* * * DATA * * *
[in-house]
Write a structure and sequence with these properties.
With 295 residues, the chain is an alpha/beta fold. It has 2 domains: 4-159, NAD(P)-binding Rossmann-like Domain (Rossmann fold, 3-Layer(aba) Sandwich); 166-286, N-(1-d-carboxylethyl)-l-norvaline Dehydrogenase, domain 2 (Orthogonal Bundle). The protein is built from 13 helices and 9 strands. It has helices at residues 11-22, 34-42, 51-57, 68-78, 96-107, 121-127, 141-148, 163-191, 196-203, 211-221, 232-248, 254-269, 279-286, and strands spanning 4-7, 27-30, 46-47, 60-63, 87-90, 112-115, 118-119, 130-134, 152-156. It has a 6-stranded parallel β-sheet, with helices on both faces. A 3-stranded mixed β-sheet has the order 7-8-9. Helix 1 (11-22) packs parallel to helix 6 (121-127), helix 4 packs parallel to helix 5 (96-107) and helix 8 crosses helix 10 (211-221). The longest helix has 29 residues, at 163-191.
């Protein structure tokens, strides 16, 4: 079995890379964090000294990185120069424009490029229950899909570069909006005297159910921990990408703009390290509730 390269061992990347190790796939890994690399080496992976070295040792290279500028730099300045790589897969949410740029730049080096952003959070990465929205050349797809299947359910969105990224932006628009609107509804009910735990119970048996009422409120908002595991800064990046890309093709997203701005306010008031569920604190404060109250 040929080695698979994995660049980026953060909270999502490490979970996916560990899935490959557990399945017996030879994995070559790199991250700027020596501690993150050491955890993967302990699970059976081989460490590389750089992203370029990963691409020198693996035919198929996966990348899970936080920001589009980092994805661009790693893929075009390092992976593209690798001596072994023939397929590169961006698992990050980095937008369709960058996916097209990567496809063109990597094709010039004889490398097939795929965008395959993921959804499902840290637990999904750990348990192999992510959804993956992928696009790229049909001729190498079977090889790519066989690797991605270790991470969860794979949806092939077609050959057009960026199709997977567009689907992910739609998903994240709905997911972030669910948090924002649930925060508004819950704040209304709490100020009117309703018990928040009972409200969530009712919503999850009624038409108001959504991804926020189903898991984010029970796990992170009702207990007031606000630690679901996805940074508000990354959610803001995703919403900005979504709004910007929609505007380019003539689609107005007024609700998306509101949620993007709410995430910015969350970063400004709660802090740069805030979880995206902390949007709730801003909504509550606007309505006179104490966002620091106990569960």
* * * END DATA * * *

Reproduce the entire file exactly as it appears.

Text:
[in-house]
Write a structure and sequence with these properties.
With 295 residues, the chain is an alpha/beta fold. It has 2 domains: 4-159, NAD(P)-binding Rossmann-like Domain (Rossmann fold, 3-Layer(aba) Sandwich); 166-286, N-(1-d-carboxylethyl)-l-norvaline Dehydrogenase, domain 2 (Orthogonal Bundle). The protein is built from 13 helices and 9 strands. It has helices at residues 11-22, 34-42, 51-57, 68-78, 96-107, 121-127, 141-148, 163-191, 196-203, 211-221, 232-248, 254-269, 279-286, and strands spanning 4-7, 27-30, 46-47, 60-63, 87-90, 112-115, 118-119, 130-134, 152-156. It has a 6-stranded parallel β-sheet, with helices on both faces. A 3-stranded mixed β-sheet has the order 7-8-9. Helix 1 (11-22) packs parallel to helix 6 (121-127), helix 4 packs parallel to helix 5 (96-107) and helix 8 crosses helix 10 (211-221). The longest helix has 29 residues, at 163-191.
């Protein structure tokens, strides 16, 4: 079995890379964090000294990185120069424009490029229950899909570069909006005297159910921990990408703009390290509730 390269061992990347190790796939890994690399080496992976070295040792290279500028730099300045790589897969949410740029730049080096952003959070990465929205050349797809299947359910969105990224932006628009609107509804009910735990119970048996009422409120908002595991800064990046890309093709997203701005306010008031569920604190404060109250 040929080695698979994995660049980026953060909270999502490490979970996916560990899935490959557990399945017996030879994995070559790199991250700027020596501690993150050491955890993967302990699970059976081989460490590389750089992203370029990963691409020198693996035919198929996966990348899970936080920001589009980092994805661009790693893929075009390092992976593209690798001596072994023939397929590169961006698992990050980095937008369709960058996916097209990567496809063109990597094709010039004889490398097939795929965008395959993921959804499902840290637990999904750990348990192999992510959804993956992928696009790229049909001729190498079977090889790519066989690797991605270790991470969860794979949806092939077609050959057009960026199709997977567009689907992910739609998903994240709905997911972030669910948090924002649930925060508004819950704040209304709490100020009117309703018990928040009972409200969530009712919503999850009624038409108001959504991804926020189903898991984010029970796990992170009702207990007031606000630690679901996805940074508000990354959610803001995703919403900005979504709004910007929609505007380019003539689609107005007024609700998306509101949620993007709410995430910015969350970063400004709660802090740069805030979880995206902390949007709730801003909504509550606007309505006179104490966002620091106990569960």